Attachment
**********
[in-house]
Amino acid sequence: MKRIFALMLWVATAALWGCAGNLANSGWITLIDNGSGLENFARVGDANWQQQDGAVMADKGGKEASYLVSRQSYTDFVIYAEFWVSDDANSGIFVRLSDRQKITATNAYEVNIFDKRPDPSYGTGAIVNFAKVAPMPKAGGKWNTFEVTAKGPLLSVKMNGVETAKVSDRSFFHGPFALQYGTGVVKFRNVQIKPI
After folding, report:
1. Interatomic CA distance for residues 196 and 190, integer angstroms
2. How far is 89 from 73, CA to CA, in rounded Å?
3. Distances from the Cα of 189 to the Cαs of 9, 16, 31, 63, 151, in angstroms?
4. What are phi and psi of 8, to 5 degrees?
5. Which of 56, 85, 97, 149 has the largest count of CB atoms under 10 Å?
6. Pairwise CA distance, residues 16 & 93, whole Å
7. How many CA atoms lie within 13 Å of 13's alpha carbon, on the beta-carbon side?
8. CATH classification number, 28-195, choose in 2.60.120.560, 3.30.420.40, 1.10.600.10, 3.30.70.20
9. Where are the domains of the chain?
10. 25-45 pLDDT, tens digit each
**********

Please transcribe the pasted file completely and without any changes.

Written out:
[in-house]
Amino acid sequence: MKRIFALMLWVATAALWGCAGNLANSGWITLIDNGSGLENFARVGDANWQQQDGAVMADKGGKEASYLVSRQSYTDFVIYAEFWVSDDANSGIFVRLSDRQKITATNAYEVNIFDKRPDPSYGTGAIVNFAKVAPMPKAGGKWNTFEVTAKGPLLSVKMNGVETAKVSDRSFFHGPFALQYGTGVVKFRNVQIKPI
After folding, report:
1. Interatomic CA distance for residues 196 and 190, integer angstroms
2. How far is 89 from 73, CA to CA, in rounded Å?
3. Distances from the Cα of 189 to the Cαs of 9, 16, 31, 63, 151, in angstroms?
4. What are phi and psi of 8, to 5 degrees?
5. Which of 56, 85, 97, 149 has the largest count of CB atoms under 10 Å?
6. Pairwise CA distance, residues 16 & 93, whole Å
7. How many CA atoms lie within 13 Å of 13's alpha carbon, on the beta-carbon side?
8. CATH classification number, 28-195, choose in 2.60.120.560, 3.30.420.40, 1.10.600.10, 3.30.70.20
9. Where are the domains of the chain?
10. 25-45 pLDDT, tens digit each